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>> all my motions have been defeated by majority of the commissioners. under such conditions, it is difficult to guarantee the free and fair elections. >> in what is called a permanent state of elections -- >> reporter: now days before the election, the big question is will they happen at all? with one candidate and millions of voters not participating in protests. riots groups and election body members warns if the situation cannot be contained, it could turn violent, just like ten years ago when more than a thousand people were killed. this activist ran for office in august and lost. he doesn't think there should be an election at all. >> the country should be worried. we cannot trust the president
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with political -- we're all afraid of what is going to happen. the election should be called off and prepare for election that are free and fair. >> reporter: if the vote goes ahead, it will be happening on the day the opposition vowed to fill the streets in protest yet again, leaving this nation more uncertain about its future. cnn, nairobi. coming up, new details on yet another sexual harassment claim against former fox news host bill o'reilly. how much he reportedly paid in a confidential settlement. you wouldn't do only half
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new details about another sexual harassment settlement involving bill o'reilly, the former fox news host reportedly paid a whopping $32 million to a
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long time network analyst. all of this happened just a month before the company renewed his $25 million a year contract. o'reilly spokesman responded to the claims saying the nsk w information was provided by anonymous sources and is false and defamatory. brian stelter has the latest for us. >> reporter: $32 million, it is a staggering sum of money, the amount of money that bill o'reilly paid to a long time legal analyst on fox news when she came forward with allegations of sexual harassment and other misconduct. now, weil agreed to the payout and disavowed the claims she made against o'reilly. all this happened privately in january, but the timeline here is remarkable. because just a couple of weeks after the settlement, the $32 million settlement, fox news went ahead and renewed bill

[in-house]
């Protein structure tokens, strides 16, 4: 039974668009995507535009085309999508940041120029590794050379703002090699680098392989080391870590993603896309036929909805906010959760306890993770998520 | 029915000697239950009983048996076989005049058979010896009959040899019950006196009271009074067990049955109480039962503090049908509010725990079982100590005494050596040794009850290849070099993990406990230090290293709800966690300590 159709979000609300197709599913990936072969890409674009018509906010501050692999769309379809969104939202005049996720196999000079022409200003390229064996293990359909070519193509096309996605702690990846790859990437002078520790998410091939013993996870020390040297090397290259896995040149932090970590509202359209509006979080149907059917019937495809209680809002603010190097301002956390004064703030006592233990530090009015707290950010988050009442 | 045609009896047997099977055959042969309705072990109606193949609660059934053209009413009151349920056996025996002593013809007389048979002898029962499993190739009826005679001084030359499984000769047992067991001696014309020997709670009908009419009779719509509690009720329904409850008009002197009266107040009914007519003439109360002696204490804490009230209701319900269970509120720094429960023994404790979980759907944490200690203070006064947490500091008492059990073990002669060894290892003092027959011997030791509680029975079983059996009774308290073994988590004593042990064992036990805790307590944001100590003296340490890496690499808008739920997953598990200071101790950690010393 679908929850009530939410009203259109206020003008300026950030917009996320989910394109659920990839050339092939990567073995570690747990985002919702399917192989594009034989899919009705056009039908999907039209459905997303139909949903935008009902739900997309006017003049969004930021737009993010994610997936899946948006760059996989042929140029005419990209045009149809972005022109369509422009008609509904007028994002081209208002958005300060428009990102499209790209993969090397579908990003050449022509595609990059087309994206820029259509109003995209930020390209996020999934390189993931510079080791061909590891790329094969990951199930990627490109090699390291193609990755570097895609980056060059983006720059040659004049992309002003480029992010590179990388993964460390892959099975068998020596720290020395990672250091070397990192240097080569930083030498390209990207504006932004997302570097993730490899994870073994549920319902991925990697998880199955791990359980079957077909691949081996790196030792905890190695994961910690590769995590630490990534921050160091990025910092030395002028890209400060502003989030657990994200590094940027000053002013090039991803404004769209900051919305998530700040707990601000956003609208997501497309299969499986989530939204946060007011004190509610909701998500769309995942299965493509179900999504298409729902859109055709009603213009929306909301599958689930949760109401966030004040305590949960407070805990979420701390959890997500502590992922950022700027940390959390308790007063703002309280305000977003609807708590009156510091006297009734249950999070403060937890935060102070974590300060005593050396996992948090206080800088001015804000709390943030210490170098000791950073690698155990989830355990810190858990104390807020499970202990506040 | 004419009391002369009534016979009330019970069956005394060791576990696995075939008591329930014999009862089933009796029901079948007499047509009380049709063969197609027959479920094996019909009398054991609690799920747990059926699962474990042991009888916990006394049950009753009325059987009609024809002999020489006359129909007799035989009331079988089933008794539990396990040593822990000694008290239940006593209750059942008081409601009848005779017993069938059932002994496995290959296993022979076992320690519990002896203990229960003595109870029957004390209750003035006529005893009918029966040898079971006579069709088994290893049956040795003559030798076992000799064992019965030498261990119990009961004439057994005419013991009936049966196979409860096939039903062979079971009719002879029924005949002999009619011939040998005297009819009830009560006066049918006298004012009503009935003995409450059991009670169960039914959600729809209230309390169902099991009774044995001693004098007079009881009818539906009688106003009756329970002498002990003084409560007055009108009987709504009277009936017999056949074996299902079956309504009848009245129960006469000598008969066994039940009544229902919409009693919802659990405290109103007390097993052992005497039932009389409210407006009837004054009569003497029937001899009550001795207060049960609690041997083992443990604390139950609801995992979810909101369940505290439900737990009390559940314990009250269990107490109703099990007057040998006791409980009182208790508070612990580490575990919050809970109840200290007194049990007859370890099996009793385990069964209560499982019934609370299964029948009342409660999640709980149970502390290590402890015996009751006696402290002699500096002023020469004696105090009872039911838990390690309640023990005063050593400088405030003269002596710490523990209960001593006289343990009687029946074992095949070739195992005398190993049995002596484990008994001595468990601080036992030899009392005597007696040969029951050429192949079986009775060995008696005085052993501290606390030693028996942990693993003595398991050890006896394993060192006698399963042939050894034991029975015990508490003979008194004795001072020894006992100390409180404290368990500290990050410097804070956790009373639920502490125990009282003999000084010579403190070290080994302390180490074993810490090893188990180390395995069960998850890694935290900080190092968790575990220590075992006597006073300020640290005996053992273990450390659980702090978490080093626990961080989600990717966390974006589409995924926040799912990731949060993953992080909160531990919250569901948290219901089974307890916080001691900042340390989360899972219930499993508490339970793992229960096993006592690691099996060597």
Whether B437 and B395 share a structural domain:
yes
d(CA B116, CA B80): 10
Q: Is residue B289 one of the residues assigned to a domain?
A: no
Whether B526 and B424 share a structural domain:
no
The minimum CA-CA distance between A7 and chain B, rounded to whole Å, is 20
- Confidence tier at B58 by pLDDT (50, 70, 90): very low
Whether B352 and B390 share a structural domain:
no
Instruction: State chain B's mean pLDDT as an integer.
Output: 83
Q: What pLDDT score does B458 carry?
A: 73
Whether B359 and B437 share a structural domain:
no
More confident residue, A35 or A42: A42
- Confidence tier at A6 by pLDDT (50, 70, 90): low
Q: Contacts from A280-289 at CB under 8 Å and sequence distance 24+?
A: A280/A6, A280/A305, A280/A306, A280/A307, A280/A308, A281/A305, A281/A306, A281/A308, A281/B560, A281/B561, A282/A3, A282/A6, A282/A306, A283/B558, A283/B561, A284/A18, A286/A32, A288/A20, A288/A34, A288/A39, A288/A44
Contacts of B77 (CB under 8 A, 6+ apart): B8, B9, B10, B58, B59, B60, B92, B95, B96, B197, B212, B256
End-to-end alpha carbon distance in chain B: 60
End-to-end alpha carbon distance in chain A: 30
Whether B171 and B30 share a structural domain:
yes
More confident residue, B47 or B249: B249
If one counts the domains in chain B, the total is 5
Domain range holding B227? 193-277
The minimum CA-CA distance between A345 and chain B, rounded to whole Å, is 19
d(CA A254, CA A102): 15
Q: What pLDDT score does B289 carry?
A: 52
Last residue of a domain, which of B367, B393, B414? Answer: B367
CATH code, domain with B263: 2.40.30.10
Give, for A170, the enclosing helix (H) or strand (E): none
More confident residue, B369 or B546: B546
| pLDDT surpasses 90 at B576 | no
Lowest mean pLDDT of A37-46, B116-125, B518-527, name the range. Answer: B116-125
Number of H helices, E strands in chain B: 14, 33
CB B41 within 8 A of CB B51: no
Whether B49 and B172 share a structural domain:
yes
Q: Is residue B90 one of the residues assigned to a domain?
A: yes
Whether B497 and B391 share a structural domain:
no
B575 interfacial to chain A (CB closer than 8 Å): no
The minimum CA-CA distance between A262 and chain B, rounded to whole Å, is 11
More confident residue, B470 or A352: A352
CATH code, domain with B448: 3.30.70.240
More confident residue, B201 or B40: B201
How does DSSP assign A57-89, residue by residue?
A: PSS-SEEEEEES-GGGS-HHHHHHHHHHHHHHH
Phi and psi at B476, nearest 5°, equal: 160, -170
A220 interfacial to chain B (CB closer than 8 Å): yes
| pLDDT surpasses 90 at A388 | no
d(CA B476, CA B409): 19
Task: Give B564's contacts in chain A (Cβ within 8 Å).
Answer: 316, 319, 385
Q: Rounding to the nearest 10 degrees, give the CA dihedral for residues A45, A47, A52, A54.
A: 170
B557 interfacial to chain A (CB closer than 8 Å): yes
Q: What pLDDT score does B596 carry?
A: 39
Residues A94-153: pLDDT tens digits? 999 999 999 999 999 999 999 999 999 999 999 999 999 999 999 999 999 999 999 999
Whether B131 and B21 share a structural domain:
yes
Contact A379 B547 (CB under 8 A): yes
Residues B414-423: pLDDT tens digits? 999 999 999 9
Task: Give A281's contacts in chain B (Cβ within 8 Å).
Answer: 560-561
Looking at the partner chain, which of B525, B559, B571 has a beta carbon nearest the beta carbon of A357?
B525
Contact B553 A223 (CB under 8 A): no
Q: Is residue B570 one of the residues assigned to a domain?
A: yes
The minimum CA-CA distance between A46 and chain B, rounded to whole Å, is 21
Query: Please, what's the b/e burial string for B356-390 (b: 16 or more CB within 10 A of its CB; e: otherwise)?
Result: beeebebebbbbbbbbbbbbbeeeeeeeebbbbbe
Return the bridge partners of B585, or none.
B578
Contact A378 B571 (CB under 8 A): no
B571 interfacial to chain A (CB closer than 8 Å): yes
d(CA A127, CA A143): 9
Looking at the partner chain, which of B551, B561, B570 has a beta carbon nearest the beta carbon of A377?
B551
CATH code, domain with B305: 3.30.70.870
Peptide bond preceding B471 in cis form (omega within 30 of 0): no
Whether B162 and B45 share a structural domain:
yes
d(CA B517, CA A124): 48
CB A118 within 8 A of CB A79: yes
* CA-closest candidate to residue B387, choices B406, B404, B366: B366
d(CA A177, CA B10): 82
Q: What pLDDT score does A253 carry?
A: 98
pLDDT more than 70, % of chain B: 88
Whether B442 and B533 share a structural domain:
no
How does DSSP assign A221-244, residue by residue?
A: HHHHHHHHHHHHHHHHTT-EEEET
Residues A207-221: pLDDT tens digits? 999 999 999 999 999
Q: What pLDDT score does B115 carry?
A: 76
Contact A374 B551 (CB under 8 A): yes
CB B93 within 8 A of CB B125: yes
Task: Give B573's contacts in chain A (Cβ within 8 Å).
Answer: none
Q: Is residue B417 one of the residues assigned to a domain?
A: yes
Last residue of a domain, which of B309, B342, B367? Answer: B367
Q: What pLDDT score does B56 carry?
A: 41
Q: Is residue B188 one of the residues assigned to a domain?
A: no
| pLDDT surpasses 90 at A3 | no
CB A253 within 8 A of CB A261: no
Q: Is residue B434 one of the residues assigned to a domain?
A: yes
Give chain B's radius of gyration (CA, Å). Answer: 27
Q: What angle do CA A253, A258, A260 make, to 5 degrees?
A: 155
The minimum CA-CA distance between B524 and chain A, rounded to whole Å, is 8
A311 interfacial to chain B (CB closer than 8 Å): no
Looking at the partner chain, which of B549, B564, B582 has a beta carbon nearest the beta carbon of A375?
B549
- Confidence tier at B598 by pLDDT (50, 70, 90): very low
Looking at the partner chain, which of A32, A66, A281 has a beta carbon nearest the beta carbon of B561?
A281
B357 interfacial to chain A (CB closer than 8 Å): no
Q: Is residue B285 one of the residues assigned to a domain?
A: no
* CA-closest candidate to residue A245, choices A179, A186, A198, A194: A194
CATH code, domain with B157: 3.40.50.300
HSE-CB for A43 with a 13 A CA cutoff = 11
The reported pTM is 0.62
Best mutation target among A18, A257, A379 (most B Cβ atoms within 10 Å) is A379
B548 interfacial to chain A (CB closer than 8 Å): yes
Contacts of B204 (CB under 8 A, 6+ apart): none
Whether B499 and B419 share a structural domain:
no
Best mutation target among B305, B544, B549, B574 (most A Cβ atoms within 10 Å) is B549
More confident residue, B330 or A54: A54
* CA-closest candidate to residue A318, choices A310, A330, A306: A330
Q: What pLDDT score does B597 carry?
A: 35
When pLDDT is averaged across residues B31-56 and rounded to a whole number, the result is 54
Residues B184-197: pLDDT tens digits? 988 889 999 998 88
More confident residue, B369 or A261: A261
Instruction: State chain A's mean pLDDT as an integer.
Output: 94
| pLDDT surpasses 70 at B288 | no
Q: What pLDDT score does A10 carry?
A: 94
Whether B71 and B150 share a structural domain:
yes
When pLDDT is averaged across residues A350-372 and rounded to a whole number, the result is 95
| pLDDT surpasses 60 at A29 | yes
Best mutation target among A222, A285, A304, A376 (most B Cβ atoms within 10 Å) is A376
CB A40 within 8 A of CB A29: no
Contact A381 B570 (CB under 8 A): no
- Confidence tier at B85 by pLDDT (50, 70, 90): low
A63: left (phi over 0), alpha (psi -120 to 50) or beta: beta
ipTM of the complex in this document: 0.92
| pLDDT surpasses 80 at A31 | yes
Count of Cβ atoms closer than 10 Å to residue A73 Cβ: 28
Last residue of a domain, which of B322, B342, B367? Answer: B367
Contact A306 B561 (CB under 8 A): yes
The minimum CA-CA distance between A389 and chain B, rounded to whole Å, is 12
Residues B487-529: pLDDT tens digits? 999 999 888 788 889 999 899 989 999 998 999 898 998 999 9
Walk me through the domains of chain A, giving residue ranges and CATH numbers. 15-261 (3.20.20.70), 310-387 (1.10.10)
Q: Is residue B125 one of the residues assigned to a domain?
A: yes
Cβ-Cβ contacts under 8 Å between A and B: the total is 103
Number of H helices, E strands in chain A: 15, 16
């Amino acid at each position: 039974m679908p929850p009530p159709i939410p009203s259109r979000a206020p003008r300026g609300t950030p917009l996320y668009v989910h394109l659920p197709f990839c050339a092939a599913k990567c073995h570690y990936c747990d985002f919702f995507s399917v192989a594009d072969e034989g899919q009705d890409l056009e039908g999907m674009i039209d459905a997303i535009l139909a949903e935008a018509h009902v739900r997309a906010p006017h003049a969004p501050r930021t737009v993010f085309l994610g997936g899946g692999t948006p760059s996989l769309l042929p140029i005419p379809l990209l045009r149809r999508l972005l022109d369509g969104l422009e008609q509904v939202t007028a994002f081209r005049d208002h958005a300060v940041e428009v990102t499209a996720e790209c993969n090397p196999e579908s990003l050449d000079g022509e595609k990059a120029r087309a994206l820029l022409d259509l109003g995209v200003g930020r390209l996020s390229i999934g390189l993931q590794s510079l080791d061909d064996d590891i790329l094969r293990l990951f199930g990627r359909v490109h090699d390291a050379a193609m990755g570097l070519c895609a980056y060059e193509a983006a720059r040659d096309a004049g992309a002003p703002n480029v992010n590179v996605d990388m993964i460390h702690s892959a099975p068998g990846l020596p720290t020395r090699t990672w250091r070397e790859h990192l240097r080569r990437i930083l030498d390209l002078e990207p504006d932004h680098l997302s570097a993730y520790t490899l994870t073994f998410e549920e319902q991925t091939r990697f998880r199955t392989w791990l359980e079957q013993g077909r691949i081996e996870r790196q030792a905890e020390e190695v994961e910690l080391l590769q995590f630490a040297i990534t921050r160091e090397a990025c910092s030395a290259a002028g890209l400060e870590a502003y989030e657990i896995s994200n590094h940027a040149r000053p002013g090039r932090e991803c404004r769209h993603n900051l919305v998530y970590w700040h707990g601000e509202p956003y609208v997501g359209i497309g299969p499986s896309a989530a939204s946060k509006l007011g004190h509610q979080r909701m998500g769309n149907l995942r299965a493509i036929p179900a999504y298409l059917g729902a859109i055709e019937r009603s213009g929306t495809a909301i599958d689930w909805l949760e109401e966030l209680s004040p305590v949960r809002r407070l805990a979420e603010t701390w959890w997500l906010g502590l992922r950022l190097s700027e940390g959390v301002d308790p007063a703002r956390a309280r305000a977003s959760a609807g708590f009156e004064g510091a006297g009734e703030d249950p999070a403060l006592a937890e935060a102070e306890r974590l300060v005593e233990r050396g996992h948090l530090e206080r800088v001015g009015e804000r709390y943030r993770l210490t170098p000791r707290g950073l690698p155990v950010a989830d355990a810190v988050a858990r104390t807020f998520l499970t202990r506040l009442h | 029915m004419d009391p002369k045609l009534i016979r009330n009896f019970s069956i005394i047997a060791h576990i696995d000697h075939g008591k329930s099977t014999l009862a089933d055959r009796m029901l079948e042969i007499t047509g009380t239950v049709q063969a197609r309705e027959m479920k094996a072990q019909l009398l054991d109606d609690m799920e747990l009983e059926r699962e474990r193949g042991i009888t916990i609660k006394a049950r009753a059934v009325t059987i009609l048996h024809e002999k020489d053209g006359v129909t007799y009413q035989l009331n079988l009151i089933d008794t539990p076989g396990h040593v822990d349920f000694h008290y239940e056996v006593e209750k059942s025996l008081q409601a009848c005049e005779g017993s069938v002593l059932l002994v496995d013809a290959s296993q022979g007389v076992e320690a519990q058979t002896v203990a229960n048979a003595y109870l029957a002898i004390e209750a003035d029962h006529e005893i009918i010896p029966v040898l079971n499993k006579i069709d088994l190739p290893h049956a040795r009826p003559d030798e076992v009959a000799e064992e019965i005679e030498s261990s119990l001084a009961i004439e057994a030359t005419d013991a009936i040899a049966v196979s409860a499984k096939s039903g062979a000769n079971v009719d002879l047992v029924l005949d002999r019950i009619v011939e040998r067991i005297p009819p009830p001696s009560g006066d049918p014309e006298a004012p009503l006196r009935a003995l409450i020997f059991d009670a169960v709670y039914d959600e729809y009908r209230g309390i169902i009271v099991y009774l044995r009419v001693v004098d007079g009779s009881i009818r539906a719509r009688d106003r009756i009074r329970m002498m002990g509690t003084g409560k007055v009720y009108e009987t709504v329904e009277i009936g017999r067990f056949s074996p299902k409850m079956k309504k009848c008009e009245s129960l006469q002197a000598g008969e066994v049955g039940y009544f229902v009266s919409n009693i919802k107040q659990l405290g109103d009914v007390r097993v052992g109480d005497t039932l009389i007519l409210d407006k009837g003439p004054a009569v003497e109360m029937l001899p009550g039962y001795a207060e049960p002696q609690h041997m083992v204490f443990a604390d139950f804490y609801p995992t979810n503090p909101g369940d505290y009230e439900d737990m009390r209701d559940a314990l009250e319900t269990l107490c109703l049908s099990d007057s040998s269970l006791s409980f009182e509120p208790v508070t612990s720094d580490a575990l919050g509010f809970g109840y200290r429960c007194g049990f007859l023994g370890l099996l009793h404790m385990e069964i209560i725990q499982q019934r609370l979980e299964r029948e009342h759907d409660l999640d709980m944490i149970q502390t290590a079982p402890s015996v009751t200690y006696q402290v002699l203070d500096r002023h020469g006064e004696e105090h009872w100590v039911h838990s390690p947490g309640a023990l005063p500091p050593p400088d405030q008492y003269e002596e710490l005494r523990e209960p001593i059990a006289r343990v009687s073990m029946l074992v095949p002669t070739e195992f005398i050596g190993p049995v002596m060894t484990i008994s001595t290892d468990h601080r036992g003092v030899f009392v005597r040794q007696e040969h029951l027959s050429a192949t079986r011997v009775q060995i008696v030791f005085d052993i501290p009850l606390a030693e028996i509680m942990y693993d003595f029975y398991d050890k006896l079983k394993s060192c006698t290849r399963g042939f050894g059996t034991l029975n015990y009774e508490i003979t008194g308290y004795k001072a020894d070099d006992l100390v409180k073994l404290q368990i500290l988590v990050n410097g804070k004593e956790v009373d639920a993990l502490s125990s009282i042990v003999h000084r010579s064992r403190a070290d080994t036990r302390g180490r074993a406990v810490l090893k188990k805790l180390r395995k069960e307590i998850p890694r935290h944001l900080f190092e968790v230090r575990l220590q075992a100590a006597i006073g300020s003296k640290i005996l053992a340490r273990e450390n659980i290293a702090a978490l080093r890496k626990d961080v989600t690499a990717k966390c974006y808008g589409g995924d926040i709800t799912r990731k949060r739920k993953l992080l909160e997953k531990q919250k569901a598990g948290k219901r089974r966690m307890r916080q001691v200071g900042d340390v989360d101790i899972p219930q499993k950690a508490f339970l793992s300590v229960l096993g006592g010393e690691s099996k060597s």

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o'reilly's contract. he was making about $25 million a year at fox. but he didn't last very long at the network. as i'm sure you recall, in april, the new york times reported on other settlements by o'reilly to other women accusing them of harassment. those settlements were smaller sums of money, but the revelation about them caused advertisers to flee from his show and cause ed fox news to cancel the show, all that happening a few weeks back in april. but now, in the wake of the harvey weinstein scandal, in a conversation across the united states, about sexual harassment in workplaces, the new york times published this new story about this $32 million settlement and that price tag is really astonishing to a lot of people. you know, harvey weinstein reportedly paid accusers 50 or $100,000, bill o'reilly paid small sums of money to other accusers. but the idea that he was willing to pay $32 million to a single accuser is really shocking and
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causing a lot of people to wonder why fox news was willing to renew his contract at all. here is what fox says. it says it didn't know exactly how much money was given over. according to the company, when the company renewed the contract in february, it knew that sexual harassment lawsuit had been threatened against him by allyse weil, but informed he settled the matter personally. that's the official word from rupert murdoch. two big questions moving forward for fox, number one, will this affect the ongoing u.s. federal investigation into fox news? remember, the department of justice already has been looking into how settlement payments were paid to accusers of roger ailes who was also caught up in his own harassment scandal last year. ailes passed away a number of months ago, but the ongoing investigation is looking into fox's conduct in the matter. that's one issue for the
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murdoches. the other big issue is involving the sky deal, the ongoing attempt to buy up the rest of the british satellite network sky. it had a hard time getting the deal through because of scandals back in the united states. and it would seem that this latest revelation about bill o'reilly will only complicate matters even more for the sky deal. brian steallter, cnn, new york. the new york times is responding to bill o'reilly spokesman who said the newspaper maliciously smeared the former fox news host. a spokesman for the newspaper says this, mr. fabiani addresses everything, but what the story actually says, this article like our previous reporting on the subject is accurate and deeply reported and we welcome and challenge to the facts the affidavit he claims our story ignored is, quote, in our article -- quoted in our article. it could be the great secret
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president donald trump says